ST. PAUL, Minn. (AP) — Senate Republicans united Wednesday to approve deep cuts to health and welfare programs and a ban on state spending to support the federal health care overhaul, aiming to blunt the fastest-growing part of Minnesota’s budget.
The bill would reduce projected spending on health and social service programs by $1.6 billion over two years, a key part of the GOP plan to plug a $5 billion shortfall. It cleared the Senate on a party-line 37-26 vote. The proposal seeks to slice into spending on items as large as the Medicaid health care program and as small as subsidized coverage for eyeglasses and mental health grants for children.
The vote came hours after the Senate passed a cost-cutting bill that freezes government worker pay, alters state employee health insurance and slashes budgets for most agencies. The two bills join several other budget measures moving through the Legislature this week. Majority Republicans insist they won’t raise state taxes, as Democratic Gov. Mark Dayton recommended.
“We are not alone in trying to change health care in this country,” said Sen. Michelle Benson, R-Ham Lake. “Minnesota does a good job and all the good things we’re trying to do are being crowded out by federal mandates.”
One of the health bill’s most debated provisions would require the state to seek federal permission to overhaul parts of health coverage bound by federal requirements, substituting current health plans with subsidies to buy private insurance. Democrats flatly predicted there would be no federal waiver and questioned $600 million in savings the bill counts on from that provision.
“You can’t simply budget a hope,” said Sen. Dick Cohen, DFL-St. Paul.
Human Services Commissioner Lucinda Jesson warned legislators against banking on the federal permission, while predicting the subsidy approach would throw 86,000 people, including families with children, out of insurance because of cost-sharing and other difficulties.
“We may disagree on the wisdom of certain policies, but we jeopardize the fiscal stability of our state if we ignore the realities of federal funding,” Jesson said in a letter to Hann.
Another measure in the bill would roll back a Medicaid expansion Dayton ordered early this year in his first act as governor. Dayton threatened in January to veto any legislation standing in the way of that move, which extended more generous health coverage to 100,000 vulnerable adults.
Jesson said those patients could conceivably become uninsured, too, because the bill doesn’t offer hospitals enough money to participate in a revived version of the state-paid General Assistance Medical Care program.
The Senate health bill differs significantly from a House companion expected to get a vote in the coming days. Both bills are due to land in a conference committee.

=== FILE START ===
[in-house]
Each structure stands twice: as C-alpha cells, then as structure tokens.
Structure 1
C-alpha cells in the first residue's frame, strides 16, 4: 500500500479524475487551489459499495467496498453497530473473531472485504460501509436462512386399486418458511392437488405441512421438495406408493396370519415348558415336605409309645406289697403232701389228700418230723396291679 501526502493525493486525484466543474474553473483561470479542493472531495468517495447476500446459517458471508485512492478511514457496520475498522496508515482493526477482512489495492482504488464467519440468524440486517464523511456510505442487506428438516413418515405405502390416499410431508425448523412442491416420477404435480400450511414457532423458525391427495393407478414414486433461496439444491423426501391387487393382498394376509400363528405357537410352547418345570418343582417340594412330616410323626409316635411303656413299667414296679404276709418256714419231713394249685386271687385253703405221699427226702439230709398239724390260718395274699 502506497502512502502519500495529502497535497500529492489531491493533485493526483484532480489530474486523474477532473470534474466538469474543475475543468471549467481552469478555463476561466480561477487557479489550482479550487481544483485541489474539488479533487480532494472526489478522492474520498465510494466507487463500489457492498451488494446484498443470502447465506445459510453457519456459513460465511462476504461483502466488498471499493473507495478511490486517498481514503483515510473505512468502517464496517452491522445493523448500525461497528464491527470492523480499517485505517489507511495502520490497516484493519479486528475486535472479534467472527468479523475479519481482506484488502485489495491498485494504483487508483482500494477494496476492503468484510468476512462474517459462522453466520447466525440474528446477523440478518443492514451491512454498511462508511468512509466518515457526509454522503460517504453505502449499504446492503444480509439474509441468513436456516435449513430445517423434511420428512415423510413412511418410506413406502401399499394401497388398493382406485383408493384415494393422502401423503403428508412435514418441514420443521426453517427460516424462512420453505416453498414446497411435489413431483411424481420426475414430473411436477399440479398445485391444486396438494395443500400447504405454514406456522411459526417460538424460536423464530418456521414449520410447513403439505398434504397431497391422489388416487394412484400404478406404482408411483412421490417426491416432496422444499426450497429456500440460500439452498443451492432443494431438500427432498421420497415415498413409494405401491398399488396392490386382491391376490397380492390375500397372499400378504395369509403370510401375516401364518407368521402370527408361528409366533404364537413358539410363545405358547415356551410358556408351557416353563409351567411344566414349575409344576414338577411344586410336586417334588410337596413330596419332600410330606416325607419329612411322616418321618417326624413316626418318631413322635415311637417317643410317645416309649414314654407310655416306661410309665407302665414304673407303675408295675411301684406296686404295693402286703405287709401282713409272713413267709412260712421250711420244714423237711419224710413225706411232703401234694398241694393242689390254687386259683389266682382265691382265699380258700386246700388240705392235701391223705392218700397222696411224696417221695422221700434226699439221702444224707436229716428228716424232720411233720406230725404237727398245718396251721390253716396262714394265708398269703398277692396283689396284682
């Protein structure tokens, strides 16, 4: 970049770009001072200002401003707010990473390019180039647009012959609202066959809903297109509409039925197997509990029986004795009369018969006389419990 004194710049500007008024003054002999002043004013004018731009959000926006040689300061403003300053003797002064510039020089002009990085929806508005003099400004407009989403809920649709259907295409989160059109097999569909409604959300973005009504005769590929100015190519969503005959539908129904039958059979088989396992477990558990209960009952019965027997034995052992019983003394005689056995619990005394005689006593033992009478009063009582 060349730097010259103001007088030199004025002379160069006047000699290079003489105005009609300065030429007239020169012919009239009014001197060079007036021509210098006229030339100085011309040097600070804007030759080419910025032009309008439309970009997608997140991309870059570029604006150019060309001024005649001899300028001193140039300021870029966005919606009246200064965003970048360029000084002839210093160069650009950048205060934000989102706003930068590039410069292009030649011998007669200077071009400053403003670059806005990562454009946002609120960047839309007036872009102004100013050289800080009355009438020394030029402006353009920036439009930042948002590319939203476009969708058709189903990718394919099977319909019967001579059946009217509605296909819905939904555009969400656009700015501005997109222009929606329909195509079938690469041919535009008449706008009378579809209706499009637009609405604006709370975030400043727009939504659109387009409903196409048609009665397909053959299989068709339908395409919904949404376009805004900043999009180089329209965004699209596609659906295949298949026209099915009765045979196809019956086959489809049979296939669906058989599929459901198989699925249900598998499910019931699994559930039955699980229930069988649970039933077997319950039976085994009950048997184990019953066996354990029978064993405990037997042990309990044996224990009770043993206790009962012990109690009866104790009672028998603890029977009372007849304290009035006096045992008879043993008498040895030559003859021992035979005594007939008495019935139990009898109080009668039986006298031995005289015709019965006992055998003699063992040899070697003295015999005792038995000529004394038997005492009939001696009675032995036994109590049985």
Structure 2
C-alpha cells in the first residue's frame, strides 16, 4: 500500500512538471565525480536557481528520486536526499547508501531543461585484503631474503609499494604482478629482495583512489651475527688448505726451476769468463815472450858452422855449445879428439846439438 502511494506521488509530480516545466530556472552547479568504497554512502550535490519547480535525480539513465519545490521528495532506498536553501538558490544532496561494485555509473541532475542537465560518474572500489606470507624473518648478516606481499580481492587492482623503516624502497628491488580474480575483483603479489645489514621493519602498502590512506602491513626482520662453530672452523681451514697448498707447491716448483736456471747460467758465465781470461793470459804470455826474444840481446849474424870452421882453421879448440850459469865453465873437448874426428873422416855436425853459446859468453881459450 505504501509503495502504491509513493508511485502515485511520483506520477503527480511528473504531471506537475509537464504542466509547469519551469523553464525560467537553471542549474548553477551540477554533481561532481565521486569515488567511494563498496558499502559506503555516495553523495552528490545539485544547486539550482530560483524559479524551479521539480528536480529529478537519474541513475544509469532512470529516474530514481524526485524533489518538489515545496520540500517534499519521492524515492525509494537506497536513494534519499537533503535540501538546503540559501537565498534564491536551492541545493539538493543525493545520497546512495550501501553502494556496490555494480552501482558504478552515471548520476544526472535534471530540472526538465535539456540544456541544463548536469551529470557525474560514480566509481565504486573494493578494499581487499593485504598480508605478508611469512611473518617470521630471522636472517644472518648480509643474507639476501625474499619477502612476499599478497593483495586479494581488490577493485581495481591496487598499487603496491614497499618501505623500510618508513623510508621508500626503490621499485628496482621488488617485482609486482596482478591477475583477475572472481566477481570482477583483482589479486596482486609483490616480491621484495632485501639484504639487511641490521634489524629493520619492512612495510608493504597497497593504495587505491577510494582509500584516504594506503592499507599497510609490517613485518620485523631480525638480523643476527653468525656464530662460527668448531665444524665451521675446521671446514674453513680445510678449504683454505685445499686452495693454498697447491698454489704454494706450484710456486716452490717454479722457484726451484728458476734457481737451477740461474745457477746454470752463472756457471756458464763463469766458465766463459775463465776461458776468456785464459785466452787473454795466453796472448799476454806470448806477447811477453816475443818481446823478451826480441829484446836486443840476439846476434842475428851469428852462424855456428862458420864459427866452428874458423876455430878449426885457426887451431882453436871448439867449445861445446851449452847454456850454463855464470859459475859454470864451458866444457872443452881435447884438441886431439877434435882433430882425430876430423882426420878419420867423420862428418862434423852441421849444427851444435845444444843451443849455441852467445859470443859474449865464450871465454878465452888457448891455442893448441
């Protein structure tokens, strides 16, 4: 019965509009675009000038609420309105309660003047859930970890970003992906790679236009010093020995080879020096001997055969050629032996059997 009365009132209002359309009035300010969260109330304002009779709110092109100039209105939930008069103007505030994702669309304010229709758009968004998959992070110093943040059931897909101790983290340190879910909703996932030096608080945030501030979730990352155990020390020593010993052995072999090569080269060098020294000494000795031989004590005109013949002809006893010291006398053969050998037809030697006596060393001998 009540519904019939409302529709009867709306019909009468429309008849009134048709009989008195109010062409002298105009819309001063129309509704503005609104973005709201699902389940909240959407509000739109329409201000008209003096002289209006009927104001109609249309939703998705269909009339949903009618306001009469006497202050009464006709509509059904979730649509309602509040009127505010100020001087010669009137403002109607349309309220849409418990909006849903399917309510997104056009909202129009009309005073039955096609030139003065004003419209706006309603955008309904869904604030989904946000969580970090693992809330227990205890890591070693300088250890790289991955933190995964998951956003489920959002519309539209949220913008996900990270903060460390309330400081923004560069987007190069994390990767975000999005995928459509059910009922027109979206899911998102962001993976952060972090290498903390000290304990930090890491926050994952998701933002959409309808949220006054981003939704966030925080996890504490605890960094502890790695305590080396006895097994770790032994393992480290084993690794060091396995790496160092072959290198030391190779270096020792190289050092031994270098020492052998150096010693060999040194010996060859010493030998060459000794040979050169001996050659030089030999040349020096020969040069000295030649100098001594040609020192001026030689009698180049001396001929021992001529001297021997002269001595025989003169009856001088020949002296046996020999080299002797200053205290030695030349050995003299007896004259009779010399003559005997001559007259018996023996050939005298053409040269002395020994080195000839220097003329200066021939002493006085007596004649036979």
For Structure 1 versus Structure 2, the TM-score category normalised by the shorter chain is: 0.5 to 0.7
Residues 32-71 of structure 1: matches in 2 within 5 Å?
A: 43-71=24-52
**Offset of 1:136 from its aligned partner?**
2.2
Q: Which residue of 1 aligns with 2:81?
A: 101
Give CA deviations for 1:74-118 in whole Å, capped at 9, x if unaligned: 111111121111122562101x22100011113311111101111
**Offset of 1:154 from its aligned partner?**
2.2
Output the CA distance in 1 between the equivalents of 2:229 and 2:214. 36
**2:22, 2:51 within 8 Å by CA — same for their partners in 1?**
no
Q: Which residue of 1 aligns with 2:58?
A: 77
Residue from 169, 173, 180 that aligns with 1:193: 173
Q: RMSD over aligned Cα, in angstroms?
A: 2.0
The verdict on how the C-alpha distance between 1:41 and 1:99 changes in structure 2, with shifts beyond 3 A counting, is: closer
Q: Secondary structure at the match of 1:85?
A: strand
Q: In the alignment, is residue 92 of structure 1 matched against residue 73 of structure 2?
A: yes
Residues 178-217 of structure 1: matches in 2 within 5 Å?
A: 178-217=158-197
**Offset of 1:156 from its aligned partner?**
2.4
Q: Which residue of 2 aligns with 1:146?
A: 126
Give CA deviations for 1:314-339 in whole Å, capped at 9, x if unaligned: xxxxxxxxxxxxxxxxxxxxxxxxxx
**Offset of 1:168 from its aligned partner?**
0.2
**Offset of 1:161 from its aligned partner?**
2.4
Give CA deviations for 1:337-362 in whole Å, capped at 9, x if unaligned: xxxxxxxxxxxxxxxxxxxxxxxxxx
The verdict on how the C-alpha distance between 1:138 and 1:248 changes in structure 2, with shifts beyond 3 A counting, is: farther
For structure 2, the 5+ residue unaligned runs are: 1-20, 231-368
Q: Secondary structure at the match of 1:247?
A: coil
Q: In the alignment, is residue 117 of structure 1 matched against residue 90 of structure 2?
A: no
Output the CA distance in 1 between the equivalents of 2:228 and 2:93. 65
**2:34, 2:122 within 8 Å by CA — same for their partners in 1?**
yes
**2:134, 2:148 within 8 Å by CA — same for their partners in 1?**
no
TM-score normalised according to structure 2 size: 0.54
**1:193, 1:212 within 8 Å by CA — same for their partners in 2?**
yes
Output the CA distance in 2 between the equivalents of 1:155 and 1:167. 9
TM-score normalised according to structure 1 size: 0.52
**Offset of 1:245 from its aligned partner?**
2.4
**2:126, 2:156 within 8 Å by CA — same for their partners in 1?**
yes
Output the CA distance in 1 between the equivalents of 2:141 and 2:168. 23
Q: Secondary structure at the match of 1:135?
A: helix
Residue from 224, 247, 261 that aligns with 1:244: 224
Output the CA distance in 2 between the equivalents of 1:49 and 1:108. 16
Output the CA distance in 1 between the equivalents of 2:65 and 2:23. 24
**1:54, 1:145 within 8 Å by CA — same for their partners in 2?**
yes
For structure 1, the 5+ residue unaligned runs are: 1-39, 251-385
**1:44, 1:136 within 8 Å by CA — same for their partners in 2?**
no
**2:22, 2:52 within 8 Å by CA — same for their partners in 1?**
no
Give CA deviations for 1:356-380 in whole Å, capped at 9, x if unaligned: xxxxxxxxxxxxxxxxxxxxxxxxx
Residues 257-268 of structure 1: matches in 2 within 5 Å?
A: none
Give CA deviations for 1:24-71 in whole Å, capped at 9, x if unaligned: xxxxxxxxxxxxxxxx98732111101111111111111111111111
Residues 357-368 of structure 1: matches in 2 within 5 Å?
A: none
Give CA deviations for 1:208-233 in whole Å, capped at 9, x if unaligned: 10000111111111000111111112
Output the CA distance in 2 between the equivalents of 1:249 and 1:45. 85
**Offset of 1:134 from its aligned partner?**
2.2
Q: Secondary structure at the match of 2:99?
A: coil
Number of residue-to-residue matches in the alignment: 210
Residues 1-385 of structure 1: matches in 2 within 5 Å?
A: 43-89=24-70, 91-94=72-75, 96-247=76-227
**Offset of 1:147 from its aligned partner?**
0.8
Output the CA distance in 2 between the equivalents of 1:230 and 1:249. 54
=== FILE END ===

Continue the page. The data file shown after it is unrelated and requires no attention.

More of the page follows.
Meanwhile, the Senate’s state government finance bill — approved 36-29 — is notable for the size of its cuts: Minnesota would spend nearly 60 percent less than anticipated on state agencies and employees than before. And it comes in about $500 million leaner than Dayton proposed last month.
The bill depends on several steps to cut the cost of doing government business and on the state’s ability to gain revenue by rooting out tax cheats. Democrats argued that Republicans were being too rosy in their savings projections, with one saying the GOP would be better off trying “to find the pot of gold at the end of the rainbow.”
Republican Sen. Mike Parry of Waseca chafed at comments the bill relies on phony savings and said Minnesota can’t get by without wholesale changes in government operations.
“What are we afraid of in looking?” Parry said. “Isn’t that what we owe our citizens? Aren’t we supposed to look at new ways of doing things?”
Among the changes the bill would bring:
— The executive branch would be forced to trim the employee ranks by 15 percent by 2015, either through early retirements, layoffs or broad restructuring.
— State workers wouldn’t see any pay raises for another two years after having largely flat salaries for the last two.
— State employee health programs would be audited to weed out ineligible dependents, and every worker would move to high-deductible insurance plans with costs partially offset by state contributions to health savings accounts. Preventative care would be fully covered by the state.
— Special boards that assist ethnic minorities would be consolidated, with the exception of an American Indian agency.
— Most state agencies would see 10 to 15 percent cuts to their operating budgets. Military and veterans affairs agencies are spared from those cuts.
Dayton’s agencies warned that they would reduce services and close offices, resulting in tax refund checks being issued slower.
Senate Democrats predicted agencies won’t be able to meet their budget targets without massive layoffs.
“It goes way too far. In fact it’s a job killer,” said Sen. Chuck Wiger of North St. Paul. “A job is a job if it’s in public (sectors) as well. They pay taxes. They contribute in the community. They pay mortgages. They buy groceries.”
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